WikiLeaks founder Julian Assange could be forced to find a new home in 30 days as Ecuador prepares for the election of a new president on Sunday.
Ecuador’s president Rafael Correa, who has supported him since he sought asylum inside the London embassy in 2012, has reached the two-term limit as president and will be replaced.
The Andean country’s lead opposition candidate is offering a sharp break with ten years of leftist rule, vowing to remove Assange from the nation’s London embassy, speak out against Venezuela’s socialist government, and likely renegotiate debts with China.
Conservative former banker Guillermo Lasso is the opposition’s frontrunner in Sunday’s presidential election.
Polls suggest the ruling party candidate, paraplegic former Vice President Lenin Moreno, 63, will win but fall just short of enough votes to avoid an April run-off against Lasso, 61.
In an interview Lasso vowed that within one month of taking office in May he would remove Assange from Ecuador’s embassy, where the Australian has been holed up since 2012 to avoid extradition to Sweden.
“Ecuador had no business spending a single cent protecting someone who definitely leaked confidential information,” Lasso said.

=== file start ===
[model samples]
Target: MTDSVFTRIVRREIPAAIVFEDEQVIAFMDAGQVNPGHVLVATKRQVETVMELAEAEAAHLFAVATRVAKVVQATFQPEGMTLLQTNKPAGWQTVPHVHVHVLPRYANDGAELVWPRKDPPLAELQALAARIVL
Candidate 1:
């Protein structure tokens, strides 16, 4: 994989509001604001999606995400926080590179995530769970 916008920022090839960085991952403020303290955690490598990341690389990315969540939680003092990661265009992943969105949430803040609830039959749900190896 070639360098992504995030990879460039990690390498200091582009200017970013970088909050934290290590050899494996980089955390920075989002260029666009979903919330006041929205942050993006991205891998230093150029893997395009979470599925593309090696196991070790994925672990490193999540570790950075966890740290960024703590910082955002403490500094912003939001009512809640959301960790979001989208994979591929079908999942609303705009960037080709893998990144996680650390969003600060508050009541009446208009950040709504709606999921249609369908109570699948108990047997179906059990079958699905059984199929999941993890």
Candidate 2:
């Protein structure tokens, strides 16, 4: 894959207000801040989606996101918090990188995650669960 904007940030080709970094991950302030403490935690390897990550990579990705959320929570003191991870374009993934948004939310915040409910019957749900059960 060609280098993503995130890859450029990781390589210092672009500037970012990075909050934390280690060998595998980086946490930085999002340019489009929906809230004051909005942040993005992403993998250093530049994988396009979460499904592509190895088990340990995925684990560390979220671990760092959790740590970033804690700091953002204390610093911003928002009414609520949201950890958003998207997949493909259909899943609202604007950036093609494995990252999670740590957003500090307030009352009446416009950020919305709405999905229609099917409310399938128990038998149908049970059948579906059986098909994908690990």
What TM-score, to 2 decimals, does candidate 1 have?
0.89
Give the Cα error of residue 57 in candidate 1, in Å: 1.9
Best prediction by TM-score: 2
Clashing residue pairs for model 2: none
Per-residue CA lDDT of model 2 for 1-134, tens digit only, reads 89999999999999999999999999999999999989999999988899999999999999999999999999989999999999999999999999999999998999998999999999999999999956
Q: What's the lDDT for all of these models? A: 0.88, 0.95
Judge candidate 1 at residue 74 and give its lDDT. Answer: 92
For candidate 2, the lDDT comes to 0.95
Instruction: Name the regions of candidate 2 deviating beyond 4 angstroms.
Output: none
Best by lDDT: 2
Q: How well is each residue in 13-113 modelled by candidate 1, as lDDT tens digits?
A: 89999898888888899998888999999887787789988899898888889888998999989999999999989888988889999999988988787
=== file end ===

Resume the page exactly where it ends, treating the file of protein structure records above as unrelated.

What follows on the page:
“I will take on the responsibility of inviting Mr Assange to leave the Ecuadorean embassy at the latest 30 days after the start of our government,” he said.
Assange sought refuge in the Ecuadorian embassy to defy an extradition order to Sweden where he is wanted for questioning over alleged sexual assaults.
His fear was that the US would seek his extradition to face potential charges over the leaking of classified information on his WikiLeaks site.
Here's Ecuador's opposition leader (elections Sunday) saying he'll revoke my asylum after I revealed CIA penetration of the French election. pic.twitter.com/UOQVircHF6
— Julian Assange (@JulianAssange) February 17, 2017
WikiLeaks drumming up support
Amid reports Wikileaks is drumming up support for Assange aahead of the election, Assange conducted a wide-ranging interview with radio station 3AW on Thursday, where he spoke to Neil Mitchell about raising funds for Wikileaks.
He told the radio station that he thought having Trump as US President was “amazing” and that “every day is like Christmas”.
He said it was difficult to earn a living being holed up inside the embassy for five years.
In the wake of the latest developments at the embassy, Assange’s speaking engagements via live video on Sunday may be by telephone hook-up instead.
Life outside the embassy
Asked by WHO Magazine in 2014 what he would do if he could leave the embassy, Assange responded: “Maybe it isn’t helpful to go through every day wishing like that.
“What would I do? I’d continue my work as a publisher and find a place where I could relax with my family and friends out of range of a surveillance camera.”
– with AAP